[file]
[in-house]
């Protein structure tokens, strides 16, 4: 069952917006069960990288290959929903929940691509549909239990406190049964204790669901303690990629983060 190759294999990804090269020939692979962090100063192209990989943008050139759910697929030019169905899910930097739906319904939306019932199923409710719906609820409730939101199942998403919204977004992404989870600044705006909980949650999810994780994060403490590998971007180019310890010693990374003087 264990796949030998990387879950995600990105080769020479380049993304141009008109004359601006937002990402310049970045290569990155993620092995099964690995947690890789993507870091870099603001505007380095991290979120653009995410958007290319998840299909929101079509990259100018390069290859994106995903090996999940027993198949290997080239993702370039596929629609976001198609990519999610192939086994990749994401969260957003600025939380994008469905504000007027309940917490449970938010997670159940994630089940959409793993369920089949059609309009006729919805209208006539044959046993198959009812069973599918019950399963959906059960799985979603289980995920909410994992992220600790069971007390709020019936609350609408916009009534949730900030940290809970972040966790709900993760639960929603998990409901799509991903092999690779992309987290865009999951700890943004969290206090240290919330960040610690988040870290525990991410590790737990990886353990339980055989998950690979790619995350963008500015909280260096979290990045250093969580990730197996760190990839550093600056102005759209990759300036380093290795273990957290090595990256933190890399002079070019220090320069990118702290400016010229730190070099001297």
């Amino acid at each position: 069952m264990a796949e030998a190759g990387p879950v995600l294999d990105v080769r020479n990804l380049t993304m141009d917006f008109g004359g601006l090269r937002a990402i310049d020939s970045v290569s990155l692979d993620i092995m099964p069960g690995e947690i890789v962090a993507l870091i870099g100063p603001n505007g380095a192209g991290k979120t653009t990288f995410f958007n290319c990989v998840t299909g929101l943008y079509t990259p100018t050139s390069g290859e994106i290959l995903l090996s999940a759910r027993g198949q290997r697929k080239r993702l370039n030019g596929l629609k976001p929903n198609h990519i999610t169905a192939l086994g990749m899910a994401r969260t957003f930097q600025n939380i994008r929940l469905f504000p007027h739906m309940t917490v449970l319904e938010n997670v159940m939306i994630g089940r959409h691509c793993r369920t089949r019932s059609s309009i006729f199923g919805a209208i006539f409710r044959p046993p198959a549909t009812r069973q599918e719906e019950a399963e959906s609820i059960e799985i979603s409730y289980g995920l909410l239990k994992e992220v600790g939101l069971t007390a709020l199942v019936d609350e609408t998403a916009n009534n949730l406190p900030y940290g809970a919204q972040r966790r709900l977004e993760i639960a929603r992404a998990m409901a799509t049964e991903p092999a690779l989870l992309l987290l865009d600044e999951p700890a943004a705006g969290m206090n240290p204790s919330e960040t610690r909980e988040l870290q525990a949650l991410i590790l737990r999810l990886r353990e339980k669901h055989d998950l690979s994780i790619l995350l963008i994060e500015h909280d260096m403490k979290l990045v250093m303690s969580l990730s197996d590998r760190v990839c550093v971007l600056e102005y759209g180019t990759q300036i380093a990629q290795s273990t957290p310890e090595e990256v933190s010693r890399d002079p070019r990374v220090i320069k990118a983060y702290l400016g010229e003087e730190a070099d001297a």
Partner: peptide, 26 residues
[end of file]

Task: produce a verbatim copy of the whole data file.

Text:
[in-house]
């Protein structure tokens, strides 16, 4: 069952917006069960990288290959929903929940691509549909239990406190049964204790669901303690990629983060 190759294999990804090269020939692979962090100063192209990989943008050139759910697929030019169905899910930097739906319904939306019932199923409710719906609820409730939101199942998403919204977004992404989870600044705006909980949650999810994780994060403490590998971007180019310890010693990374003087 264990796949030998990387879950995600990105080769020479380049993304141009008109004359601006937002990402310049970045290569990155993620092995099964690995947690890789993507870091870099603001505007380095991290979120653009995410958007290319998840299909929101079509990259100018390069290859994106995903090996999940027993198949290997080239993702370039596929629609976001198609990519999610192939086994990749994401969260957003600025939380994008469905504000007027309940917490449970938010997670159940994630089940959409793993369920089949059609309009006729919805209208006539044959046993198959009812069973599918019950399963959906059960799985979603289980995920909410994992992220600790069971007390709020019936609350609408916009009534949730900030940290809970972040966790709900993760639960929603998990409901799509991903092999690779992309987290865009999951700890943004969290206090240290919330960040610690988040870290525990991410590790737990990886353990339980055989998950690979790619995350963008500015909280260096979290990045250093969580990730197996760190990839550093600056102005759209990759300036380093290795273990957290090595990256933190890399002079070019220090320069990118702290400016010229730190070099001297």
């Amino acid at each position: 069952m264990a796949e030998a190759g990387p879950v995600l294999d990105v080769r020479n990804l380049t993304m141009d917006f008109g004359g601006l090269r937002a990402i310049d020939s970045v290569s990155l692979d993620i092995m099964p069960g690995e947690i890789v962090a993507l870091i870099g100063p603001n505007g380095a192209g991290k979120t653009t990288f995410f958007n290319c990989v998840t299909g929101l943008y079509t990259p100018t050139s390069g290859e994106i290959l995903l090996s999940a759910r027993g198949q290997r697929k080239r993702l370039n030019g596929l629609k976001p929903n198609h990519i999610t169905a192939l086994g990749m899910a994401r969260t957003f930097q600025n939380i994008r929940l469905f504000p007027h739906m309940t917490v449970l319904e938010n997670v159940m939306i994630g089940r959409h691509c793993r369920t089949r019932s059609s309009i006729f199923g919805a209208i006539f409710r044959p046993p198959a549909t009812r069973q599918e719906e019950a399963e959906s609820i059960e799985i979603s409730y289980g995920l909410l239990k994992e992220v600790g939101l069971t007390a709020l199942v019936d609350e609408t998403a916009n009534n949730l406190p900030y940290g809970a919204q972040r966790r709900l977004e993760i639960a929603r992404a998990m409901a799509t049964e991903p092999a690779l989870l992309l987290l865009d600044e999951p700890a943004a705006g969290m206090n240290p204790s919330e960040t610690r909980e988040l870290q525990a949650l991410i590790l737990r999810l990886r353990e339980k669901h055989d998950l690979s994780i790619l995350l963008i994060e500015h909280d260096m403490k979290l990045v250093m303690s969580l990730s197996d590998r760190v990839c550093v971007l600056e102005y759209g180019t990759q300036i380093a990629q290795s273990t957290p310890e090595e990256v933190s010693r890399d002079p070019r990374v220090i320069k990118a983060y702290l400016g010229e003087e730190a070099d001297a």
Partner: peptide, 26 residues